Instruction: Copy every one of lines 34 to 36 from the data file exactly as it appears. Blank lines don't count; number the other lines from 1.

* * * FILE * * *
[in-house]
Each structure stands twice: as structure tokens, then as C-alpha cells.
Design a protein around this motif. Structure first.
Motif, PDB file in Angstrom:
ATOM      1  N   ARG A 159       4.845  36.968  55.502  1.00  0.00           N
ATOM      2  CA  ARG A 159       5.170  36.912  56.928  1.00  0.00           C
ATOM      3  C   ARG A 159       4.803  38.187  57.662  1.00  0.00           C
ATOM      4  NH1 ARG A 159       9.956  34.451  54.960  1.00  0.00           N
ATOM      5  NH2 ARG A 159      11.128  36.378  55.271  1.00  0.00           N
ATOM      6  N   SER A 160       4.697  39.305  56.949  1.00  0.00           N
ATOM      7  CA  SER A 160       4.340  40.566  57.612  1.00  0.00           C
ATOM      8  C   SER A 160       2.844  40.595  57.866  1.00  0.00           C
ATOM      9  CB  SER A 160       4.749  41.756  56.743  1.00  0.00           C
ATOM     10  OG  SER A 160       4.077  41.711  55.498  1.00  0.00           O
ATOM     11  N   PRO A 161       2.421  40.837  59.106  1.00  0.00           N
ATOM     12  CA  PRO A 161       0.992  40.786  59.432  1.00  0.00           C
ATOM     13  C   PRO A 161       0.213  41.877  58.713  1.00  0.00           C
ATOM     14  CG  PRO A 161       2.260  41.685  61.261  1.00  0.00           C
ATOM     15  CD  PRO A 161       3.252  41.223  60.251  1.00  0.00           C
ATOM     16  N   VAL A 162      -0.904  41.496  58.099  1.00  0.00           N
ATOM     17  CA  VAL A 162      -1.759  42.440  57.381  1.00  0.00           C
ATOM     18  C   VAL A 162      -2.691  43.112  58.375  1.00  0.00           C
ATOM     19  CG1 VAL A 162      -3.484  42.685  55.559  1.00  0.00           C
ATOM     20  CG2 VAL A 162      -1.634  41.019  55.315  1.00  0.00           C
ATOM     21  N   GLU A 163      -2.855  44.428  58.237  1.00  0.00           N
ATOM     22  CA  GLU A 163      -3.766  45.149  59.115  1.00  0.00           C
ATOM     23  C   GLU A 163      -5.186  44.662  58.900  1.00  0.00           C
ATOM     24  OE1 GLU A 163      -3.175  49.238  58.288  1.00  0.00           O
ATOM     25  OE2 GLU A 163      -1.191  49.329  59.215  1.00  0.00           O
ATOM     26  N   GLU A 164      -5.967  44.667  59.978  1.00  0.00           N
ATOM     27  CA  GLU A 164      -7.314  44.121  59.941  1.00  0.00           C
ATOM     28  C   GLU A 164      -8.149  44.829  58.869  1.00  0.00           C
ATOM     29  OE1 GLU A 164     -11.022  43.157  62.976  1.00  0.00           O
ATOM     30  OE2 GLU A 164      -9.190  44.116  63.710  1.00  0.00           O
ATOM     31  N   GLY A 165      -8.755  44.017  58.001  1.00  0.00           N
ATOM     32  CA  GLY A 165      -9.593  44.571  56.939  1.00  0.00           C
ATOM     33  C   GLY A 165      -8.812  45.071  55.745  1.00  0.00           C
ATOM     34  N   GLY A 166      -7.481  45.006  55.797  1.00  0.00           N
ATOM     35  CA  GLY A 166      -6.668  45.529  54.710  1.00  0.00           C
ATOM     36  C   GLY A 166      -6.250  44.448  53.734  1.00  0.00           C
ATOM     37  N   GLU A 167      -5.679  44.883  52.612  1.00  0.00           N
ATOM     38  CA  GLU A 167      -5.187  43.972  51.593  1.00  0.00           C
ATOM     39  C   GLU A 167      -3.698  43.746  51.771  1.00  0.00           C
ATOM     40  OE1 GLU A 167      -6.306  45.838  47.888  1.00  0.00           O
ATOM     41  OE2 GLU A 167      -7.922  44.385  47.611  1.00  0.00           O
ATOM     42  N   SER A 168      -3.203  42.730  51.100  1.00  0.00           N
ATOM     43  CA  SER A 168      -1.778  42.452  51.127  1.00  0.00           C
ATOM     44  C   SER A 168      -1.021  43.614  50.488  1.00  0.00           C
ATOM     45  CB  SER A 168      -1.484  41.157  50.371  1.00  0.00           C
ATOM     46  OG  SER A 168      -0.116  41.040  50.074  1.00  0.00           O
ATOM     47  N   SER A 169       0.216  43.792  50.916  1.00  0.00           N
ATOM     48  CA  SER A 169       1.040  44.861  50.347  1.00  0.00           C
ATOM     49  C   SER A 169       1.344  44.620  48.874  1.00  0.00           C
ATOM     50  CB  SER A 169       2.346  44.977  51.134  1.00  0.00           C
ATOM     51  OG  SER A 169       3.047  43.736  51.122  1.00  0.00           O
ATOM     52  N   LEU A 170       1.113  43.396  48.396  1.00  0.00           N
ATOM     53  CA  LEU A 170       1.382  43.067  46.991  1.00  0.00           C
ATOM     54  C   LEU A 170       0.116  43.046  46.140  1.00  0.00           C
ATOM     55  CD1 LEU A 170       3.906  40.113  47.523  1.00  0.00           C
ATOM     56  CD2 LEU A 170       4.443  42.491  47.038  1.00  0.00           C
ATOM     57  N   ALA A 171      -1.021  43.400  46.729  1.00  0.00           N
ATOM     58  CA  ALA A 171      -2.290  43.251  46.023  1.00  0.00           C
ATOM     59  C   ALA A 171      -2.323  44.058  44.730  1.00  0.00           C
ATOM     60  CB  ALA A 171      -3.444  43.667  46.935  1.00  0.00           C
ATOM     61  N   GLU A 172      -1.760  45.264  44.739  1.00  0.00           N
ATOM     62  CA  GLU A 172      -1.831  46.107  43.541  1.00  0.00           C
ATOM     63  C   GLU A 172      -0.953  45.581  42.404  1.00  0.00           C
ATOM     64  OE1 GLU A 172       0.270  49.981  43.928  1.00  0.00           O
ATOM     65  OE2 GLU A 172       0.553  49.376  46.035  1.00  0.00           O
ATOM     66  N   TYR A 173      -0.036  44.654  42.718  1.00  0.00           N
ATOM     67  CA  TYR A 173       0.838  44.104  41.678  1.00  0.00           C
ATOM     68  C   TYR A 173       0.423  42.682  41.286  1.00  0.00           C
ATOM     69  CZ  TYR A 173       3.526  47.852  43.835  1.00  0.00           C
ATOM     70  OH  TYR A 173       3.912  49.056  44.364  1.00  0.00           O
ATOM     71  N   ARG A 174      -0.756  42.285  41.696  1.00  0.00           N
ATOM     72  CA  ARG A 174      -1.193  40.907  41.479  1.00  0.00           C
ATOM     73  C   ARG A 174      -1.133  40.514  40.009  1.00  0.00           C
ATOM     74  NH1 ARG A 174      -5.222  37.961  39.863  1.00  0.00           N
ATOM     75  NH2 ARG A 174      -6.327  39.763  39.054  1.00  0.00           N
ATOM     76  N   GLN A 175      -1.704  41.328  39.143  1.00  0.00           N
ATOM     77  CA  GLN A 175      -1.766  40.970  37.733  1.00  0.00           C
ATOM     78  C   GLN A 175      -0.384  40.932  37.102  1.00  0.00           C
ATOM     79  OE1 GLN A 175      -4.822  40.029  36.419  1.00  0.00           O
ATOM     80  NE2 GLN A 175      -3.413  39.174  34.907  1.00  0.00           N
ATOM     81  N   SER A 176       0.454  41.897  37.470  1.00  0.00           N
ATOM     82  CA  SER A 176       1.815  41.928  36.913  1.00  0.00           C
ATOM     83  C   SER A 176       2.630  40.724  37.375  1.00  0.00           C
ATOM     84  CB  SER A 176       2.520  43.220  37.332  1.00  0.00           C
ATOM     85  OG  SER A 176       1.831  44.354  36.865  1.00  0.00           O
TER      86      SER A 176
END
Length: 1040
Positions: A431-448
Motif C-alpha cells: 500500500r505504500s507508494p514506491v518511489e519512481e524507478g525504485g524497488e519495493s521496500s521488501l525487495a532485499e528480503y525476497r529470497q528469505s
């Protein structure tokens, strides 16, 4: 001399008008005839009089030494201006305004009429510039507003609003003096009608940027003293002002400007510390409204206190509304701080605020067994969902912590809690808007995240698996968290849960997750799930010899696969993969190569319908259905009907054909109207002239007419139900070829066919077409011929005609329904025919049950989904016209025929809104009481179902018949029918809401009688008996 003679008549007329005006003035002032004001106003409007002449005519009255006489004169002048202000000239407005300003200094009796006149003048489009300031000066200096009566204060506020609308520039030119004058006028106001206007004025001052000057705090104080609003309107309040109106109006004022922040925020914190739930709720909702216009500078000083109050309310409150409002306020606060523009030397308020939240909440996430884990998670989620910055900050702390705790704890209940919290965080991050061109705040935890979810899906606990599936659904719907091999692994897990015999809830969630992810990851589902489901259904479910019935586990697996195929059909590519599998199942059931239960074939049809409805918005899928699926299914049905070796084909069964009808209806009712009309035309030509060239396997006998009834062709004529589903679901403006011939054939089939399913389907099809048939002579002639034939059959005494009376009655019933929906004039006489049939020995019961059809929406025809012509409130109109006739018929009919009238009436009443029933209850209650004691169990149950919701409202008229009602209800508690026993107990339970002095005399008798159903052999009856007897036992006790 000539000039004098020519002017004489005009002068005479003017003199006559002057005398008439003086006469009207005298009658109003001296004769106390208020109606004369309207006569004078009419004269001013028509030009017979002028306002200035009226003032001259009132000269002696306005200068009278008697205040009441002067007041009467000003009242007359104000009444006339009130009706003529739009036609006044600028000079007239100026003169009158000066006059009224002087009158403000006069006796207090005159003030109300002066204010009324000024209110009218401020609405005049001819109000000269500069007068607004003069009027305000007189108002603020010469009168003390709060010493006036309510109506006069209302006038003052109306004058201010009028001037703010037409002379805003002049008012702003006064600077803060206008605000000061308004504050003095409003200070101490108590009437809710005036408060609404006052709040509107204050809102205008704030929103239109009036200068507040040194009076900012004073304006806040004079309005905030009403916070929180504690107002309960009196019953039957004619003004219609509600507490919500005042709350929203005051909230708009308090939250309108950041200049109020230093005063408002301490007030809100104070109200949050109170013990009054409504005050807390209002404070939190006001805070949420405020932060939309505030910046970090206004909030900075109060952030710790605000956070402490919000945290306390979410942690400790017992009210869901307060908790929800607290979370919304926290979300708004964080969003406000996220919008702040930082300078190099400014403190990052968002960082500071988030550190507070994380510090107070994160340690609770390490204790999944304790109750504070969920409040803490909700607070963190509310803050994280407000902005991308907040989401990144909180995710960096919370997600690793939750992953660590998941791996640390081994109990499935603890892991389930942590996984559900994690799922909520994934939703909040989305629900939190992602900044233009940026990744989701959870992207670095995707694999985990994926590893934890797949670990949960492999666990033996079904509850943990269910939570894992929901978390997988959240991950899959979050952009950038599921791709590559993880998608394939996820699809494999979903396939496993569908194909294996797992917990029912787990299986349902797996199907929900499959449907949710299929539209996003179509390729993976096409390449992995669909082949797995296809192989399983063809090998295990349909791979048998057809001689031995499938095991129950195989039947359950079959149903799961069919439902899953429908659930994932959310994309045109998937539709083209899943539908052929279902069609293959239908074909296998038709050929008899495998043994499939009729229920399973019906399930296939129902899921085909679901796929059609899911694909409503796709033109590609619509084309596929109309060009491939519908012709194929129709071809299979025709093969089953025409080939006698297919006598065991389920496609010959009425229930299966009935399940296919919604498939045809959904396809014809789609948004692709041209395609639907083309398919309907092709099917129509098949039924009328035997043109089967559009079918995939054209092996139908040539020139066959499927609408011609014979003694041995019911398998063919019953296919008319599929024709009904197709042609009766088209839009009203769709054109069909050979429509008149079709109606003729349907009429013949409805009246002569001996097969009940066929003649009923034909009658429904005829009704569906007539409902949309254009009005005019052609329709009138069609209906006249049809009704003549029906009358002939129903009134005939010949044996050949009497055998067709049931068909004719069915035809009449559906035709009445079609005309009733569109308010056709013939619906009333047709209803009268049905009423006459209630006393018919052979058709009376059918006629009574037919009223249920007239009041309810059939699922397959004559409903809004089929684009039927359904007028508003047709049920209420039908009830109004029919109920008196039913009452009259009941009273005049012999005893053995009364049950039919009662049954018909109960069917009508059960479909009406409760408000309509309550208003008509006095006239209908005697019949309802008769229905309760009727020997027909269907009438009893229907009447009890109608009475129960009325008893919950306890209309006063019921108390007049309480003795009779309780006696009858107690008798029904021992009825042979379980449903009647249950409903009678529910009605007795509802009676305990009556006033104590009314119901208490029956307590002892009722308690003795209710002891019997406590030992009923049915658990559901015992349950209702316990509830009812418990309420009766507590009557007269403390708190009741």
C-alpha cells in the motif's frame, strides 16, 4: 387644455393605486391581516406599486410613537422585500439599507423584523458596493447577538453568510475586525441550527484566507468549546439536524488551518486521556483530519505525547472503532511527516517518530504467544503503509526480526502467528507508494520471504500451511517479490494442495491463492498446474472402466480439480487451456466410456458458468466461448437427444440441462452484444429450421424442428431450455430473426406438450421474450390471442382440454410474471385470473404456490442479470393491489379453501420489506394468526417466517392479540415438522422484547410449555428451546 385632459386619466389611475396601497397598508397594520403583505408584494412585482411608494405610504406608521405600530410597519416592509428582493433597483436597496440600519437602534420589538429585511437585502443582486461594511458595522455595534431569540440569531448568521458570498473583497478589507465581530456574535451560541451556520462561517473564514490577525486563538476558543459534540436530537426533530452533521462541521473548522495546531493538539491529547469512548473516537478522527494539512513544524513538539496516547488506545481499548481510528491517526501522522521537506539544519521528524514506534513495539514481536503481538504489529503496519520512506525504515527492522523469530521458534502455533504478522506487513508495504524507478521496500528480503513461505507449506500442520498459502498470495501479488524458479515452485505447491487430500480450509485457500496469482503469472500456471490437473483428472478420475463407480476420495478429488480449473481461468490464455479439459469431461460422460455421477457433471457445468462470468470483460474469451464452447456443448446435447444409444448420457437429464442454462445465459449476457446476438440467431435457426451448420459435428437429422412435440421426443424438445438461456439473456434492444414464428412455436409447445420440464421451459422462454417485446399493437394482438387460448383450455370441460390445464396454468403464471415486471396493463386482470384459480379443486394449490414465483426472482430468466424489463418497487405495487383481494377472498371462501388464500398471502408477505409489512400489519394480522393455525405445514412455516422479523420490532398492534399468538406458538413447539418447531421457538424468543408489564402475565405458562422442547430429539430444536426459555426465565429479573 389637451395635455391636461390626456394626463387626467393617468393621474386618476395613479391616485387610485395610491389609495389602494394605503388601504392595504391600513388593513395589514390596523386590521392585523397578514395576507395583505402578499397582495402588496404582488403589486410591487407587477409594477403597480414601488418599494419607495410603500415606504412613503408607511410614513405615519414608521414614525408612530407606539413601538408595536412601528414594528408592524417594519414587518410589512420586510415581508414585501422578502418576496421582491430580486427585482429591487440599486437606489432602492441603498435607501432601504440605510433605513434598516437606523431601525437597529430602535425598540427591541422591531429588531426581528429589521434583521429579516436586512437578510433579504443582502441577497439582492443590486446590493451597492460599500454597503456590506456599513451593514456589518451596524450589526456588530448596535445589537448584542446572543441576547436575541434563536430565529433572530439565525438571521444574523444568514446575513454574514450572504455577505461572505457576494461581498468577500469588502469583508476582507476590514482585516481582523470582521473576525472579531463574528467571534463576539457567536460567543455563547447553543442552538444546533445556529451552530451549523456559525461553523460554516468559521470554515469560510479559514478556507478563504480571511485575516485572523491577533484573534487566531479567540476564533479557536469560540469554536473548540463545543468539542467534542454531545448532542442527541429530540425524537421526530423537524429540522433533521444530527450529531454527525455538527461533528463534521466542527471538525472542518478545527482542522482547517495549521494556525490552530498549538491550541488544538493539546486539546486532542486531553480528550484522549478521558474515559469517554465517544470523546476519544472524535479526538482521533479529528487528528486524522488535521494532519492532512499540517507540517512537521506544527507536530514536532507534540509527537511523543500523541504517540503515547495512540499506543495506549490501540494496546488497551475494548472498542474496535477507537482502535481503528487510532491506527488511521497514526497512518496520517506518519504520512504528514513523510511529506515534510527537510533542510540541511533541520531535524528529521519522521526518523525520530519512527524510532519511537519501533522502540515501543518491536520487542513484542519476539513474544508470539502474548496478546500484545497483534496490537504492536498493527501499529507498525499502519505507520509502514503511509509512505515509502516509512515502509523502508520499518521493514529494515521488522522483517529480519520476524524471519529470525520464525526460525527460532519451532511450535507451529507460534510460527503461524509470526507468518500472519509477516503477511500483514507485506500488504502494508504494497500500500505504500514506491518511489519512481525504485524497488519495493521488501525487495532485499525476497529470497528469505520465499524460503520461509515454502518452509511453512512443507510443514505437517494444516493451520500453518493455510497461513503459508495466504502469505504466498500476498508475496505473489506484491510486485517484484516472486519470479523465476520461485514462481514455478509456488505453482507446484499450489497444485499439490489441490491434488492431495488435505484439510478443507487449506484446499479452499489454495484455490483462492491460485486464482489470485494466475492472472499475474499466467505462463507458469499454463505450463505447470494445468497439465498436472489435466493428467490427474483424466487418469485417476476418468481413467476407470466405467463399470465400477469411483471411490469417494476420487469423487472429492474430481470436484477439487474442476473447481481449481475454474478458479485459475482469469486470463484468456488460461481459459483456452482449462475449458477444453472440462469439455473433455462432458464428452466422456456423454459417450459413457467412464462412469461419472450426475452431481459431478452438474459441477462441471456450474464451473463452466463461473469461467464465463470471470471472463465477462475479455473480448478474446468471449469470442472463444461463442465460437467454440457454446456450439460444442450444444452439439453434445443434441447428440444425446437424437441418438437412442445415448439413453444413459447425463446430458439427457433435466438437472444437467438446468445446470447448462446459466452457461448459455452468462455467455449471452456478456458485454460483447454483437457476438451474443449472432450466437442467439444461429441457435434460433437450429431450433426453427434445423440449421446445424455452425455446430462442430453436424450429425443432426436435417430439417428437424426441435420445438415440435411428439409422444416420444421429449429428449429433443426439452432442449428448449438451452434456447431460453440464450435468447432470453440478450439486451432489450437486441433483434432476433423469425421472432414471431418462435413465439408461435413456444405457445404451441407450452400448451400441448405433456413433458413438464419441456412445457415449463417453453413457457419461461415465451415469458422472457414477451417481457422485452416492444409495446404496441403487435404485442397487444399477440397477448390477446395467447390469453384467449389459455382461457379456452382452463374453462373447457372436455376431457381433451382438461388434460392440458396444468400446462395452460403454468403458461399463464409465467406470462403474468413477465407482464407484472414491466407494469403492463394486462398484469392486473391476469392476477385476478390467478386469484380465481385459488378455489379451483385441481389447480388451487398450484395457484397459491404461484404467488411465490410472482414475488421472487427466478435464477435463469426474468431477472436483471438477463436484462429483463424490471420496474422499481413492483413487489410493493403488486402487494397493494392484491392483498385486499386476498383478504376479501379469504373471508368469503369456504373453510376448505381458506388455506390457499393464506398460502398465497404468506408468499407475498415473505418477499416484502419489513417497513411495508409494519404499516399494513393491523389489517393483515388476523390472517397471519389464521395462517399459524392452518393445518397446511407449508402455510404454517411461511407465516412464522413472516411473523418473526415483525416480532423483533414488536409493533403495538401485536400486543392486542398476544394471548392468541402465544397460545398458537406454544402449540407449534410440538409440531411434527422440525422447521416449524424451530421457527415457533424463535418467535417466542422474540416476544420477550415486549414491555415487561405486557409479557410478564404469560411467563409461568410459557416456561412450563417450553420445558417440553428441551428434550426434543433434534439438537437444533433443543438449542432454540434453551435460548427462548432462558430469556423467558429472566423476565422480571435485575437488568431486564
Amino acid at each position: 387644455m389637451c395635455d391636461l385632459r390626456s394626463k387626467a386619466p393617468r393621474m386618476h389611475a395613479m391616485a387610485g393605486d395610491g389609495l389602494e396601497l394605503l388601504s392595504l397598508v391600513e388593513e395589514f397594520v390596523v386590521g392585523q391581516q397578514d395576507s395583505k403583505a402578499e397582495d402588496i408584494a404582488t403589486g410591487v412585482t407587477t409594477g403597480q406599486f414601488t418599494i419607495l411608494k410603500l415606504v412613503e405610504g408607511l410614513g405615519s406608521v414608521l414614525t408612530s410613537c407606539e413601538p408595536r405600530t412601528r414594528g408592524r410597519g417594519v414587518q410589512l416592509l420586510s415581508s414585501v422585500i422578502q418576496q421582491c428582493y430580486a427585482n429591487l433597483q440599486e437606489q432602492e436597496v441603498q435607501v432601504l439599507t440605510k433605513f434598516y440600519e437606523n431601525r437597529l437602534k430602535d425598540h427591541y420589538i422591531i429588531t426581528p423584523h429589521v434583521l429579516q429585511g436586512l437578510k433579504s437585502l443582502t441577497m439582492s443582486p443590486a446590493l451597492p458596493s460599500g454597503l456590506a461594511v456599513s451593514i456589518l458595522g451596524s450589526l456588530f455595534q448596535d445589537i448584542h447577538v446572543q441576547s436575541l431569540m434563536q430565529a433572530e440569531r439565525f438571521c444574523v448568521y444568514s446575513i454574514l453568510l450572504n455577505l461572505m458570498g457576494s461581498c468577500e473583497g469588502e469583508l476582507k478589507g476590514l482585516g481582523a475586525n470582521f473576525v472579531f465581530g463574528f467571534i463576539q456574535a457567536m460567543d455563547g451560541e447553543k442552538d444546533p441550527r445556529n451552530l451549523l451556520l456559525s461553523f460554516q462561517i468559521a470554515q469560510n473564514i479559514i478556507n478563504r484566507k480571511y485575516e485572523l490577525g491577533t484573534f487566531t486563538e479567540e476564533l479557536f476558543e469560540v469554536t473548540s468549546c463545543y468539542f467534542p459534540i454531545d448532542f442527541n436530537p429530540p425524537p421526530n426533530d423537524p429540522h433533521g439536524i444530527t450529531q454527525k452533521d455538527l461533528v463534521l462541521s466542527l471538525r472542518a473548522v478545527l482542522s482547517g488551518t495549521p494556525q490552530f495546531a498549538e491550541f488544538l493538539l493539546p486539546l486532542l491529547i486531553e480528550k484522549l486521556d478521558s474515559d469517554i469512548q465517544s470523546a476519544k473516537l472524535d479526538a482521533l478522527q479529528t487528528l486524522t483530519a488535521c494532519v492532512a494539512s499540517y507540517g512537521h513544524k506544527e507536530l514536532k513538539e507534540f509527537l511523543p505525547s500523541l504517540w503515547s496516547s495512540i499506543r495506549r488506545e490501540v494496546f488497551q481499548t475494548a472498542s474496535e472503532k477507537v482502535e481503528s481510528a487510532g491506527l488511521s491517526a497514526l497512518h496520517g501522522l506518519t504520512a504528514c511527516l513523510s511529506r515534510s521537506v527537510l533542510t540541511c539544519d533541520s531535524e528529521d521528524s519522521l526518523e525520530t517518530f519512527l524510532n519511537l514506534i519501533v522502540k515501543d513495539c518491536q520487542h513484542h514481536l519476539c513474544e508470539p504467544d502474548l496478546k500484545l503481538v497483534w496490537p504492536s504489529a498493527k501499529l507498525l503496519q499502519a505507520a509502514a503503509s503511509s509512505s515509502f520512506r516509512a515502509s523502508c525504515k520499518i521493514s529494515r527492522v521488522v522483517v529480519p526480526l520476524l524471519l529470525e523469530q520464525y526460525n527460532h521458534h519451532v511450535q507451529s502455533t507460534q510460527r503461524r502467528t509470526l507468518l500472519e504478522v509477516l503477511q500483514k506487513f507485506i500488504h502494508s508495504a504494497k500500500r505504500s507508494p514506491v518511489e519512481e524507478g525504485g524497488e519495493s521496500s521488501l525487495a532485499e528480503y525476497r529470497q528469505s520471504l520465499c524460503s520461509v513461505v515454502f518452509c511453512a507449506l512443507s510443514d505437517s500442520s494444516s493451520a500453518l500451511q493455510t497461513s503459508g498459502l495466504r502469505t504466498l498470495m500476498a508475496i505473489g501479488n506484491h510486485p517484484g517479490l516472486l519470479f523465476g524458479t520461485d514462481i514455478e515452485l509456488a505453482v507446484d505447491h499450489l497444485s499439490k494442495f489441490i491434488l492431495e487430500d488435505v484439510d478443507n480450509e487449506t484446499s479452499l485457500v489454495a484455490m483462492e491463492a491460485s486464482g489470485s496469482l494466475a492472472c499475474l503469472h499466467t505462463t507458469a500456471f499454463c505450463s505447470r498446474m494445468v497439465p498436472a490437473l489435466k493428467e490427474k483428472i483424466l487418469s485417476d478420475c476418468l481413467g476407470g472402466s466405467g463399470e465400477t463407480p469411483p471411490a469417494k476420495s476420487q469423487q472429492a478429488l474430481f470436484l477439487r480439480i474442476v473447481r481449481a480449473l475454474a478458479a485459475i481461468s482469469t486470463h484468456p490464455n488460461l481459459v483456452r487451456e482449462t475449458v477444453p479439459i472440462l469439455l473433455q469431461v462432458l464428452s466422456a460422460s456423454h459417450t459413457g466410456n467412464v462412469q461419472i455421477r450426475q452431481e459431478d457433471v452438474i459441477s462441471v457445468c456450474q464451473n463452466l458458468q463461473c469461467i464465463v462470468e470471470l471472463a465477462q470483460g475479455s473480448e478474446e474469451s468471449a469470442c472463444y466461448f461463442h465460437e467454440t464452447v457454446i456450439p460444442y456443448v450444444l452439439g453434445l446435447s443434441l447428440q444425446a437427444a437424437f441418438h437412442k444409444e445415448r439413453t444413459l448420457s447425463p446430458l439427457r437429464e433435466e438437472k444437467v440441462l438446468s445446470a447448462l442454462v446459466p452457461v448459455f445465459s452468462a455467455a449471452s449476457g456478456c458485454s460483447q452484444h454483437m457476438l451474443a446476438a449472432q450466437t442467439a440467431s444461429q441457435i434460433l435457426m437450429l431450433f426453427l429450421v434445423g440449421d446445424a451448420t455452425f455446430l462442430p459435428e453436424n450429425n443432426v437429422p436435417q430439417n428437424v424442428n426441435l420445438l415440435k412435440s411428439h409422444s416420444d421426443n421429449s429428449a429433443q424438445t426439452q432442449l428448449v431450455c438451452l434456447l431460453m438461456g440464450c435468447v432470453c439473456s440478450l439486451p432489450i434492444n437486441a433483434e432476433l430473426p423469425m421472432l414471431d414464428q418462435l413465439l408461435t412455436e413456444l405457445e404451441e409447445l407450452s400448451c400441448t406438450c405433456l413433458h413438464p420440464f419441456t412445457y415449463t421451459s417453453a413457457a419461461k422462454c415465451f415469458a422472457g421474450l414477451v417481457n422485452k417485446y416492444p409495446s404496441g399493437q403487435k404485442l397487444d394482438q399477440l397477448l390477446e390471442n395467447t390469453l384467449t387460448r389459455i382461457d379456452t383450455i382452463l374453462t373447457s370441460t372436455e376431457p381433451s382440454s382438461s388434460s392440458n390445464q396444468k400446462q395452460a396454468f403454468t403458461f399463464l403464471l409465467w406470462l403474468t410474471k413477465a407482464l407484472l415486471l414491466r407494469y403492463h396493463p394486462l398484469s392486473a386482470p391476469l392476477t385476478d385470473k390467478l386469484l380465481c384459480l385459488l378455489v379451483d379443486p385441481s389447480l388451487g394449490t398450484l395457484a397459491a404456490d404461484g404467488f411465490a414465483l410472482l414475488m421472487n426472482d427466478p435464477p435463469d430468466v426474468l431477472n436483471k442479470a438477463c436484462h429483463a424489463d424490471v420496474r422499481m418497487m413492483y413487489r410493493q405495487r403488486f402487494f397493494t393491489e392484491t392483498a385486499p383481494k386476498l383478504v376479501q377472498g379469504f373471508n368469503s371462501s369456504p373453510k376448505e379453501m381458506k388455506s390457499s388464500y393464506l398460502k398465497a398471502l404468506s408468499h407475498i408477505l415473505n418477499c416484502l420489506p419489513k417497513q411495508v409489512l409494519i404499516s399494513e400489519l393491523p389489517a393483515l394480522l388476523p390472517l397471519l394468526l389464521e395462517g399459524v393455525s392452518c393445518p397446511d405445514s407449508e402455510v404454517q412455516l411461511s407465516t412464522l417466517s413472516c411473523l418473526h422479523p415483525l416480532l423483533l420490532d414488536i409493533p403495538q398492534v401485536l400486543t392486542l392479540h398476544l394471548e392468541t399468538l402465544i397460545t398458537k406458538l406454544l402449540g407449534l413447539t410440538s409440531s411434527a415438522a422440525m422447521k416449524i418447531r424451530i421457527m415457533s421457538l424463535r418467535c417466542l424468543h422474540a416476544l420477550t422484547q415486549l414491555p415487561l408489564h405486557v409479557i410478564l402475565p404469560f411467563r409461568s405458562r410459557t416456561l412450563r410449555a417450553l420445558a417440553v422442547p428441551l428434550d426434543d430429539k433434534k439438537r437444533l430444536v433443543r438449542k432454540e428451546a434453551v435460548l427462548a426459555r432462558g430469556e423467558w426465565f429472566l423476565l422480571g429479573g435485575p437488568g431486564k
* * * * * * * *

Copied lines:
ATOM     30  OE2 GLU A 164      -9.190  44.116  63.710  1.00  0.00           O
ATOM     31  N   GLY A 165      -8.755  44.017  58.001  1.00  0.00           N
ATOM     32  CA  GLY A 165      -9.593  44.571  56.939  1.00  0.00           C